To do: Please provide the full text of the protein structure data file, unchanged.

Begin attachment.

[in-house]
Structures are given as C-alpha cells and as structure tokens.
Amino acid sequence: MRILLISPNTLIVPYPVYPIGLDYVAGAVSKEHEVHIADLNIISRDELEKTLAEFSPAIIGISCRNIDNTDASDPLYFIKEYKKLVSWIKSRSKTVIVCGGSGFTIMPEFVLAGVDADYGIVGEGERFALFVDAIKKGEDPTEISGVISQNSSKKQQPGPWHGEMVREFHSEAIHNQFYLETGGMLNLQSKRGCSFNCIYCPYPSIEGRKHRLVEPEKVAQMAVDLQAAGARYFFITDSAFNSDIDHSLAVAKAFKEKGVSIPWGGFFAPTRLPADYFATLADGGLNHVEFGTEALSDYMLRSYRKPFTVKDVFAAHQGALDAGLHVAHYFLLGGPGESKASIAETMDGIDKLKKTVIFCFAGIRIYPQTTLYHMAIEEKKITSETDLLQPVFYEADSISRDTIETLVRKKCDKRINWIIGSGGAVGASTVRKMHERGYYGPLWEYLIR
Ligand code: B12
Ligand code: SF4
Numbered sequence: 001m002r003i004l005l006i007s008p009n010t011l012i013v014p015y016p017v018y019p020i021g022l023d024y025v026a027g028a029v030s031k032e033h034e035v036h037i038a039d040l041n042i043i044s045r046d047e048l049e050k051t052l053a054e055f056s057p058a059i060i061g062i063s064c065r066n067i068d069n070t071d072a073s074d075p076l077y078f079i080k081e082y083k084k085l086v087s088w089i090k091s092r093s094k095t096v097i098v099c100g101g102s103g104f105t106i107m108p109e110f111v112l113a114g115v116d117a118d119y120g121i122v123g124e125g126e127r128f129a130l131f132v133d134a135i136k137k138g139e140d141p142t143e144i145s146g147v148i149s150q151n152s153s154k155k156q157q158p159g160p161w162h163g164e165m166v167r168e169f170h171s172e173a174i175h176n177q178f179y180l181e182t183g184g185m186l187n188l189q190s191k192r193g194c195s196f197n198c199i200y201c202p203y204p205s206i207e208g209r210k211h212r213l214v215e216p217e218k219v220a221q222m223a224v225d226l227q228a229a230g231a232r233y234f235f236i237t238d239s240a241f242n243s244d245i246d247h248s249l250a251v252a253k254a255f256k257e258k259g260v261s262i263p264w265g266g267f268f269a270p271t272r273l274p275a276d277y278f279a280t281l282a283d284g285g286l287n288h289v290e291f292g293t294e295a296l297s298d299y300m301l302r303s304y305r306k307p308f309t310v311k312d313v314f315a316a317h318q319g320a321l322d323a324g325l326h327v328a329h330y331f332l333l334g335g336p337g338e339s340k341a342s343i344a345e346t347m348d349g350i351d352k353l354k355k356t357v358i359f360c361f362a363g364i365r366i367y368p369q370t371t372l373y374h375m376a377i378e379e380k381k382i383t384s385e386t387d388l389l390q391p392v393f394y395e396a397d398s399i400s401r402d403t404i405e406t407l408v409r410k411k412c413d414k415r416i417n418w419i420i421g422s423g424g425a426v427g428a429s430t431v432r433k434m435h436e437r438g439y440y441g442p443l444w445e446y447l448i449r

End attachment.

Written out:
[in-house]
Structures are given as C-alpha cells and as structure tokens.
Amino acid sequence: MRILLISPNTLIVPYPVYPIGLDYVAGAVSKEHEVHIADLNIISRDELEKTLAEFSPAIIGISCRNIDNTDASDPLYFIKEYKKLVSWIKSRSKTVIVCGGSGFTIMPEFVLAGVDADYGIVGEGERFALFVDAIKKGEDPTEISGVISQNSSKKQQPGPWHGEMVREFHSEAIHNQFYLETGGMLNLQSKRGCSFNCIYCPYPSIEGRKHRLVEPEKVAQMAVDLQAAGARYFFITDSAFNSDIDHSLAVAKAFKEKGVSIPWGGFFAPTRLPADYFATLADGGLNHVEFGTEALSDYMLRSYRKPFTVKDVFAAHQGALDAGLHVAHYFLLGGPGESKASIAETMDGIDKLKKTVIFCFAGIRIYPQTTLYHMAIEEKKITSETDLLQPVFYEADSISRDTIETLVRKKCDKRINWIIGSGGAVGASTVRKMHERGYYGPLWEYLIR
Ligand code: B12
Ligand code: SF4
Numbered sequence: 001m002r003i004l005l006i007s008p009n010t011l012i013v014p015y016p017v018y019p020i021g022l023d024y025v026a027g028a029v030s031k032e033h034e035v036h037i038a039d040l041n042i043i044s045r046d047e048l049e050k051t052l053a054e055f056s057p058a059i060i061g062i063s064c065r066n067i068d069n070t071d072a073s074d075p076l077y078f079i080k081e082y083k084k085l086v087s088w089i090k091s092r093s094k095t096v097i098v099c100g101g102s103g104f105t106i107m108p109e110f111v112l113a114g115v116d117a118d119y120g121i122v123g124e125g126e127r128f129a130l131f132v133d134a135i136k137k138g139e140d141p142t143e144i145s146g147v148i149s150q151n152s153s154k155k156q157q158p159g160p161w162h163g164e165m166v167r168e169f170h171s172e173a174i175h176n177q178f179y180l181e182t183g184g185m186l187n188l189q190s191k192r193g194c195s196f197n198c199i200y201c202p203y204p205s206i207e208g209r210k211h212r213l214v215e216p217e218k219v220a221q222m223a224v225d226l227q228a229a230g231a232r233y234f235f236i237t238d239s240a241f242n243s244d245i246d247h248s249l250a251v252a253k254a255f256k257e258k259g260v261s262i263p264w265g266g267f268f269a270p271t272r273l274p275a276d277y278f279a280t281l282a283d284g285g286l287n288h289v290e291f292g293t294e295a296l297s298d299y300m301l302r303s304y305r306k307p308f309t310v311k312d313v314f315a316a317h318q319g320a321l322d323a324g325l326h327v328a329h330y331f332l333l334g335g336p337g338e339s340k341a342s343i344a345e346t347m348d349g350i351d352k353l354k355k356t357v358i359f360c361f362a363g364i365r366i367y368p369q370t371t372l373y374h375m376a377i378e379e380k381k382i383t384s385e386t387d388l389l390q391p392v393f394y395e396a397d398s399i400s401r402d403t404i405e406t407l408v409r410k411k412c413d414k415r416i417n418w419i420i421g422s423g424g425a426v427g428a429s430t431v432r433k434m435h436e437r438g439y440y441g442p443l444w445e446y447l448i449r